June 11, 2011

Tevatron Particle Claims Rejected

Data that hinted at the possible discovery of a new sub-atomic particle has been rejected after cross-checks failed to find support for the initial observation, according to a recent BBC News report.

Researchers working on the CDF experiment at the US Tevatron "atom smasher" announced in May that they had detected exciting hints of a possible unanticipated particle.

But in a separate experiment --called DZero -- cross-checks of the data lacked any good evidence of the findings. The DZero result came days after a CDF team member presented an update showing the signal had strengthened -- not disappeared -- after analyzing nearly twice the amount of data.

Scientists working on both Tevatron experiments are now left with trying to reach a consensus on the issue.

The cross-checks by DZero were revealed in a seminar at Fermilab on Friday. A paper describing the findings is set to be published on the Arxiv repository, and has been submitted to the Physical Review Letters journal for further review.

"We looked at the data-set that CDF originally published... We inject a signal in our simulation which looks like what we would have observed if CDF had seen the real thing," Professor Stefan Soldner-Rembold, spokesperson for the DZero collaboration, told BBC News.

"We analyzed the data accordingly and, as observed, there is no enhancement. We can exclude something like what CDF observed to a relatively high probability," said Soldner-Rembold.

Dr Giovanni Punzi, co-spokesperson for the CDF collaboration at Fermilab, told BBC News: "It has taken a step forward and a step back. But [DZero] has used only half of the data we currently have. So they are now showing a result with our old sample size."

The CDF team analyzed data from collisions between protons and their anti-matter counterparts antiprotons. In these collisions, particles known as W bosons are produced, along with a pair of "jets" of other particles.

It was in these jets that the unexpected "bump" in the data came to light, potentially representing a particle that the theory of particle physics -- known as the Standard Model -- does not anticipate.

And confirmation of the results would have signaled a radical change in physics. But researchers stress the finding is definitely not the elusive Higgs boson -- otherwise known as the "God particle" -- which explains why other particles have mass. The Higgs is the last missing particle needed to complete the Standard Model.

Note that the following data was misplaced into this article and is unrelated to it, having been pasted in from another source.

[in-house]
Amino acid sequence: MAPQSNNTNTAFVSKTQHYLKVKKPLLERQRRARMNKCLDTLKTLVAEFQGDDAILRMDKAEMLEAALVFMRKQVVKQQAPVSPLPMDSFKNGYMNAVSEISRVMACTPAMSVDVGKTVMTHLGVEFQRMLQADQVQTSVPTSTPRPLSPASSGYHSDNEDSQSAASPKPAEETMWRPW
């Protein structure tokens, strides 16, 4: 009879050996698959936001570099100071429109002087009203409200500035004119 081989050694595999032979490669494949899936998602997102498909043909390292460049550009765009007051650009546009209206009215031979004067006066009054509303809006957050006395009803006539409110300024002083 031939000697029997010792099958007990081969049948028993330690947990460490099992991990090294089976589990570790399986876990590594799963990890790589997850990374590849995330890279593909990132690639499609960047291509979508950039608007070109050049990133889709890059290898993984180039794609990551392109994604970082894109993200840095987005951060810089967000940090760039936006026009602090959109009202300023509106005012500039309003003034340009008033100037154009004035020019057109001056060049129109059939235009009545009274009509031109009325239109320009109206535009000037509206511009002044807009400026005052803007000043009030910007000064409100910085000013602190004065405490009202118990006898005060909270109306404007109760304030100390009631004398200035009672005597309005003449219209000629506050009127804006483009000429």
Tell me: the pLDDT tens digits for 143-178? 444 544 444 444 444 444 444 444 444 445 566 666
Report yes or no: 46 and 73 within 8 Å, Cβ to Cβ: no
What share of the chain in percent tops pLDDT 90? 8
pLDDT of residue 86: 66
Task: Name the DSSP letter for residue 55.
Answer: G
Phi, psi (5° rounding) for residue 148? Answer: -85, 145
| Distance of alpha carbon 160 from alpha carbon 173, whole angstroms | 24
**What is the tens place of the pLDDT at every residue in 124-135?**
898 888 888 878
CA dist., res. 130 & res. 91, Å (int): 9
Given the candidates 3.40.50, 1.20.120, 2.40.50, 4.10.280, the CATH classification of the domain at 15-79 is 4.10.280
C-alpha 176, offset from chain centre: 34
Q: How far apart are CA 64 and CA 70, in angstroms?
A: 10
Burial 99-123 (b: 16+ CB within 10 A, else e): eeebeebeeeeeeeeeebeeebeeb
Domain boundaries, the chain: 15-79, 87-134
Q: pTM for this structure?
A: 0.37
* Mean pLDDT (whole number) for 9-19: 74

When CDF first broke the news of their potential finding, it had a "three sigma" level of certainty -- meaning there was a 1 in 1000 chance that the result is attributable to some statistical fluctuation in the data.

Punzi announced at a conference in Blois, France on May 30 that the findings were more at a five sigma level of certainty -- meaning there is about a one-in-a-million chance that the "bump" is just a fluke and is the level generally required for a formal discovery.

According to some theorists, the CDF data peak could have provided support for a fifth fundamental force of nature known as "Technicolor" -- which is similar to "strong force," which binds particles known as quarks together inside the nuclei of atoms. It could also give particles their mass - making the Higgs boson unnecessary.

Other researchers suggested an effect called "top background" could explain away the "bump" seen by CDF -- suggesting that researchers might have underestimated the number of top quarks - a fundamental heavy particle - being produced at the Tevatron and that this could have yielded the data peak.

Punzi, however, said this idea had been tested and ruled out.

"This is why it is good to have two experiments [at the Tevatron]," said Soldner-Rembold, from the University of Manchester, UK. "What we see here is the scientific process at work. If one experiment sees something, another one has to verify it, and currently, we cannot verify it."

The Tevatron will be forced to shut down in September because of budget cuts in the US Department of Energy. By the time the machine accelerates its last particles, it will have been in operation for nearly 28 years. The decision had been taken despite the recommendations from a scientific panel that the Tevatron continue to operate for another three years in order to continue hunting for the "God particle."

The Tevatron is the only major competition to Europe's Large Hadron Collider machine. It is operated by the Fermi National Accelerator Laboratory (Fermilab), based in Batavia, Illinois.


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